The Buzzsaw: Timbers vs. San Jose Earthquakes

A depleted San Jose is ripe for the picking, and in a highly competitive Western Conference, three points at home is vital.

By Mike Schwartz July 1, 2015 Published in the July 2015 issue of Portland Monthly

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A buoyant but tense match at Providence Park evolved into Timbers Army nirvana as the boys from the Rose City emerged with a resounding victory over their hated northern rivals.

How could you tell it was going to be a good night? Because Darlington Nagbe blew the roof off the North End with an absolute laser beam to put Portland ahead. The confident, composed performance from Portland’s #6 was the Nags we know and love.

After conceding an equalizer late in the first half – it must be said, off of another set piece—the match intensity increased, as the Timbers faced the prospect of an unsatisfying draw. With fifteen minutes to go, that all changed dramatically.

Following a trademark Diego Chara takeaway, the Timbers broke towards the North End, with the ball ultimately ending up at the feet of Nagbe, who slashed his way through the flopping flounders, playing a deadly ball towards Fanendo Adi. Speaking of confident and composed, the Nigerian hitman found space at the top of the box, swept his toe through Nagbe’s through ball, and curled in a beautiful goal.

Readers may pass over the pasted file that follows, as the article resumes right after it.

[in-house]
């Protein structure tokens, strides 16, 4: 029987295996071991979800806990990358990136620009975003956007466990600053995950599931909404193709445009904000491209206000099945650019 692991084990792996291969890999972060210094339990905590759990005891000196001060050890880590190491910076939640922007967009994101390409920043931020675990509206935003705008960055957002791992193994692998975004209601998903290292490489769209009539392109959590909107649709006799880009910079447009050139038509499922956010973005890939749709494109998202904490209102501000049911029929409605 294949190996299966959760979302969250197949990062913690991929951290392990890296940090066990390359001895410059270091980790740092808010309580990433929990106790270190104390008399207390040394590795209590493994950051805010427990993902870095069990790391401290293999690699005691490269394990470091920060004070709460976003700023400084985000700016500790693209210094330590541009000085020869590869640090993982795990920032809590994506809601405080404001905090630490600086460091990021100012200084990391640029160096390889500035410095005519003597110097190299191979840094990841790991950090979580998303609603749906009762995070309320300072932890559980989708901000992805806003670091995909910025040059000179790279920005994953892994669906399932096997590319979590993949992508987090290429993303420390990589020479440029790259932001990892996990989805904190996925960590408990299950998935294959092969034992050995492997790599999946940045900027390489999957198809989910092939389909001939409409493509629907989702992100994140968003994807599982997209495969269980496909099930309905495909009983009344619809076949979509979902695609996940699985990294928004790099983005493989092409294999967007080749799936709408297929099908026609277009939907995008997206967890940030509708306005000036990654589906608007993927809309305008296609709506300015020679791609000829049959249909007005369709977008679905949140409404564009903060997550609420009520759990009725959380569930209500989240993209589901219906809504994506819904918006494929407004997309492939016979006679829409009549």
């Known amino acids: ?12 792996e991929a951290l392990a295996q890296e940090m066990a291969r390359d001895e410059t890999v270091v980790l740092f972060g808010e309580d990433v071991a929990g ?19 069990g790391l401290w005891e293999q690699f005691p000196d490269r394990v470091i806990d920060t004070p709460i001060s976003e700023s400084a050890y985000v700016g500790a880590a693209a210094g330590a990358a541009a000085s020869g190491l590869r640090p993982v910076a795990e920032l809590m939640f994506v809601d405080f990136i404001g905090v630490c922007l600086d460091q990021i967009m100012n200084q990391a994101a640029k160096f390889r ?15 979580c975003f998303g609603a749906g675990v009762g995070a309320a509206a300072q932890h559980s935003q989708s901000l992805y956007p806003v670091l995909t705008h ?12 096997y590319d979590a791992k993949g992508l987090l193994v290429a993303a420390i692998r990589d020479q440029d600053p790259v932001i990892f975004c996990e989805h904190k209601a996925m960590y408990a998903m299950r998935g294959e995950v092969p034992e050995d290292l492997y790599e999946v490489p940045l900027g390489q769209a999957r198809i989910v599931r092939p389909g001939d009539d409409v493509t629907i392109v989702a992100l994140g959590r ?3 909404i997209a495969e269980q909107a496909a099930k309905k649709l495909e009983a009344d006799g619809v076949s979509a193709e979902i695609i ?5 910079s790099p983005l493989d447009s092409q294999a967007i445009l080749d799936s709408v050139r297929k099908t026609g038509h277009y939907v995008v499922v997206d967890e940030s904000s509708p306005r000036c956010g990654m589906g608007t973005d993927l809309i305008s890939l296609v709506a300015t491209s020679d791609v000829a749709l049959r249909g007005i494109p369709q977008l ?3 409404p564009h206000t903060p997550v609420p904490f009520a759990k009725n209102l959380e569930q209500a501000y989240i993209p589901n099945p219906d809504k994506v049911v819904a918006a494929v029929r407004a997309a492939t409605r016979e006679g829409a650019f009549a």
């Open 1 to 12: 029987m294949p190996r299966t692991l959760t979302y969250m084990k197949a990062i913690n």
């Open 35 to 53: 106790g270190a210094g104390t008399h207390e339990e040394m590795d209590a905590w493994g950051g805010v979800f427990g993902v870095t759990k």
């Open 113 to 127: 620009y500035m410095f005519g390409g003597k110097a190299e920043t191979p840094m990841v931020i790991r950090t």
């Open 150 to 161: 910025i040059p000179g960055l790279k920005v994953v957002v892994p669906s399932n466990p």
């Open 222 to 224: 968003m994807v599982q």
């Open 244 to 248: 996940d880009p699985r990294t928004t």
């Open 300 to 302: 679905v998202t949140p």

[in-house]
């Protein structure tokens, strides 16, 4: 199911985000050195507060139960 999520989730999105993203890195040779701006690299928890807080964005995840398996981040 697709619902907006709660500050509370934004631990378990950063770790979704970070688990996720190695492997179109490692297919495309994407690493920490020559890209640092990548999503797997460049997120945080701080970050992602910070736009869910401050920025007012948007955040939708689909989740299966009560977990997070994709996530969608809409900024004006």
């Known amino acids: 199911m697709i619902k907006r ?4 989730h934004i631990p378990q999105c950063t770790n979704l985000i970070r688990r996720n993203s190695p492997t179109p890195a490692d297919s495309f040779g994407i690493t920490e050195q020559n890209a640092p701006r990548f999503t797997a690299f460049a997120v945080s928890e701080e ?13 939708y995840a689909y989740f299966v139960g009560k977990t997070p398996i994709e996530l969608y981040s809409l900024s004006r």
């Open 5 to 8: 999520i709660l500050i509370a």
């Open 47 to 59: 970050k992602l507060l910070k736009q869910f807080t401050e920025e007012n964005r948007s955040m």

He wasn’t done. Adi simply can’t not score a brace.

Rodney Wallace, who had just come on as a sub, pounced on a loose ball, passed around a defender, springing Adi. With Wallace and Gaston Fernandez astride on his flanks, Adi again found space at the top of the box and blasted one home past a diving Stefan Frei. 3-1 Portland, smoke, magic, and chainsaws.

Every good Sunday needs a cherry on top. After playing set-up man so well, RodWall dropped a maraschino bomb in stoppage time before a Tetris-enthralled TA.

Fish, gutted.

The emphatic 4-1 final score puts the surging Timbers in third in the West, one little point behind the floundering (pun definitely intended) Rave Green. Cascadia, it should be noted, is 1-2-3 in the West and 3 out of the top 4 overall.

Despite Liam Ridgewell’s absence in the derby, Portland’s defense remained stout as ever; in fact, Lamar Neagle’s goal stands as the only tally conceded with Norberto Paparatto in the lineup in over 480 minutes of gameplay. 

With Wednesday’s Open Cup defeat the Timbers are 5-2-0 in their last seven.

Early-season struggles are firmly in the rearview mirror, exemplified no more than by the Timbers’ 4-0-0 record with Will Johnson in the lineup. Darlington Nagbe and Gaston Fernandez look as locked-in as they ever have (especially the latter), and Rodney Wallace is healthy and has seamlessly vacillated between starter and substitute. Adi, the Timbers’s DP striker, now has 8 goals on the season, as many as bigger-name, higher-dollar counterparts Kakà and Giovinco. Only Kei Kamara and Chris Wondolowski have scored more.

Wondo is suddenly among the hottest strikers in the league, scoring 6 goals in his last nine. His Earthquakes come to town on Sunday having lost only once during that stretch, while winning and drawing four times apiece.